One of the highlights of the concert for me was the solo performance of our accompanist, Christine, who poured so many notes into semi improvised arrangements of Dream a Little Dream of Me and Somewhere over the Rainbow that it seemed that the piano might explode.  Just my cup of tea.

When we got home, the sun was still shining and I had time to mow both the lawns while the potatoes were cooking. The lawns are not big and when the ground is firm and the grass is short enough so that I don’t have to use a box, lawn mowing is a speedy business.  It is slightly surprising that the lawns are still firm, as Mary Jo’s scientific rain gauge was showing five inches of rain over the past two weeks, but that shows just how dry it was in the weeks before the rain started.

After tea, I went for a walk.  To be more correct….as my feet are still perfectly alright as long as I don’t use them at all, I went for a slow cycle ride round one of my favourite evening walks.

I enjoyed the evening light and took two pictures of bridges which I didn’t cross, the suspension bridge…

view of whita june evening

…and the bridge to the church…

willows by chirch brig

…and one of the sawmill Brig,  which I did cross.

sawmill brig june evening

I saw oyster catchers before I crossed the Sawmill Brig….

one legged oyster ctatcher and pal

…and a magnificent rhododendron lurking in the shadows as I crossed it.

rhododendron from sawmill brig

Everything around us is green after the rain but the finishing straight of the race course on the Castleholm was the greenest thing of the day.

race course finishing straight

With both the Langholm and Carlisle choirs finished until September, I shall find time hanging heavy on my hands.  I am hopeful that a little fine weather may let me get out on my bike a bit more to fill up the unforgiving hours.  Looking at the forecast, it seems that this hope may not be realised.  Ah well.

The flying bird of the day is one of our regular sparrows.

flying sparrow

Read Full Post »

Today’s guest picture comes from my sister Susan.  She was very impressed by this floral hedge which she passed not far from her home.

susan's hedge

We had some thought of an expedition today but uncertain feet and a dubious forecast persuaded us that some time spent in the garden while it was still dry would be time well spent.

Mrs Tootlepedal did those things which gardeners do. She planted out Sweet Williams, planted seeds in the greenhouse, planted beetroot seeds in a raised bed, weeded, tended and in general way was productive and busy.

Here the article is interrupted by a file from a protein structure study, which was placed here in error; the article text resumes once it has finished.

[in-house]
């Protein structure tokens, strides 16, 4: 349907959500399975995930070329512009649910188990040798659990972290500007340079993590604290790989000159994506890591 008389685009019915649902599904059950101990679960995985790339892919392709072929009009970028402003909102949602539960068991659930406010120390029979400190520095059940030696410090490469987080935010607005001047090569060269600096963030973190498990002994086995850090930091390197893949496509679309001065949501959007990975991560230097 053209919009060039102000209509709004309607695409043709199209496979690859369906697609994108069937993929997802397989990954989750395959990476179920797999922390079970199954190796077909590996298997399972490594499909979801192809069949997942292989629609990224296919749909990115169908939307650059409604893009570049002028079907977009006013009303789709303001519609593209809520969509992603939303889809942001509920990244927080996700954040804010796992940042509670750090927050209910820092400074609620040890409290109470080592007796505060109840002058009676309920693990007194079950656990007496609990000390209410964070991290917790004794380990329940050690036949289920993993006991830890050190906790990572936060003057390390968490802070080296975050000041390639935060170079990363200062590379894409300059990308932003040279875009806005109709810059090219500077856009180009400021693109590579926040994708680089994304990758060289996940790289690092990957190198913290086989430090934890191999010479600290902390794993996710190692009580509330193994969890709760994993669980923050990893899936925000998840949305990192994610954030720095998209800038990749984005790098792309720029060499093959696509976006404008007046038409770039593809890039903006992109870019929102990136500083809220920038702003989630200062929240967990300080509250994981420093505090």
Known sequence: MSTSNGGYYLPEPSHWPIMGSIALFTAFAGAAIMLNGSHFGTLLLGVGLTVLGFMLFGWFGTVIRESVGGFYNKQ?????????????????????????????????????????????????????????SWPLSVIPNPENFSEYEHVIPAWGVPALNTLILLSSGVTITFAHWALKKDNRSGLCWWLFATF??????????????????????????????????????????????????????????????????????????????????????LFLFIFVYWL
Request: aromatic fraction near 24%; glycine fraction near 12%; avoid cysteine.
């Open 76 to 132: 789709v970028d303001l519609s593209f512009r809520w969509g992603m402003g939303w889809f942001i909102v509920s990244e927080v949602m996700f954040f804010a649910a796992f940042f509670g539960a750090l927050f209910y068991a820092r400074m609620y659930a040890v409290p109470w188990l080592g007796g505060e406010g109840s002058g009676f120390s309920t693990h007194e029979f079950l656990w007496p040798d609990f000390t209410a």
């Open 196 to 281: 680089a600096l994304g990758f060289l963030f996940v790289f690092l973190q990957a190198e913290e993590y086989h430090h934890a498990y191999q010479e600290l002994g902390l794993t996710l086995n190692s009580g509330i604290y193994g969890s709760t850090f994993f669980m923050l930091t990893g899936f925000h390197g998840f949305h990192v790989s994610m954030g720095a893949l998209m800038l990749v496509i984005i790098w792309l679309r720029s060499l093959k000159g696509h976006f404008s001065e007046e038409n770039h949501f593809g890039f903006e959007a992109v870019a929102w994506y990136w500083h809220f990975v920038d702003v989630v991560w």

I dead headed, mowed the middle lawn with the blades so high that I barely touched the grass, sieved a very little compost and took some pictures.

There is a little pause just now in the garden when it comes to new delights but old friends are thriving…

six april flowers

…and there are various dicentra on all sides, though the cooler weather seems to have discouraged the bumble bees.

four dicentras

The big euphorbias get more fantastic every week and some little ones are coming to join the fun.

two euphorbias

Ferns are unrolling…

fern unfolding

…and some shuttlecock ferns in a very shady spot have unfurled completely.

shuttlecock fern

Shrubs are doing their best to add a bit of colour.

spirea and berberis

But my favourite view of the morning came while I was sitting on the new bench and looking at these tulips.

8 tulips

Mrs Tootlepedal made lightly curried parsnip and carrot soup for lunch (with croutons) and while she was cooking, I watched the birds.

More siskins than ever turned up today and places at the feeder were hard to come by…

siskins and goldfinch

…even for other determined siskins.

siskin arriving amid siksins

Once again, some siskins took to the peanuts, a sound policy in my view.

siskin on peanuts

After a while, redpolls turned up.  They are determined birds too…

redpoll sees an opportunity

…and one saw a chance to nip in while two siskins were fighting each other.

redpoll sneaking in

Another took a calmer view of things while it played a waiting game.

redpoll on feeder pole

In the afternoon, we went up on to the hill in the hope of seeing some hen harriers but all we saw was some very heavy rain as we had chosen to wrong time for our trip.

Once we decided to go home the rain stopped of course and we could at least get a view across the Tarras Valley…

View to Cronksbank

…but there were still clouds behind us….

Tarras cloudscape

…and more in front…

Whita cloudscape

…so we went home anyway.

In the evening, we went down to Canonbie to hear a choir of Ugandan schoolchildren sing in the church there.

The children, most of whom were very young, did tremendously well, singing, dancing and clapping with great vigour.  The concert was nearly two hours long, had no interval and was frequently punctuated with appeals for financial support for the religious charity which had brought them over to the UK.  This left us with the slightly uncomfortable feeling that the children were perhaps being made to work a bit harder than would have been ideal.  Still, we were glad that we had gone to hear them and they sang one beautiful African song which warmed the heart with its harmonies.

The flying bird of the day, taken when the light was poor,  is one of the many siskins.

flying siskin

Read Full Post »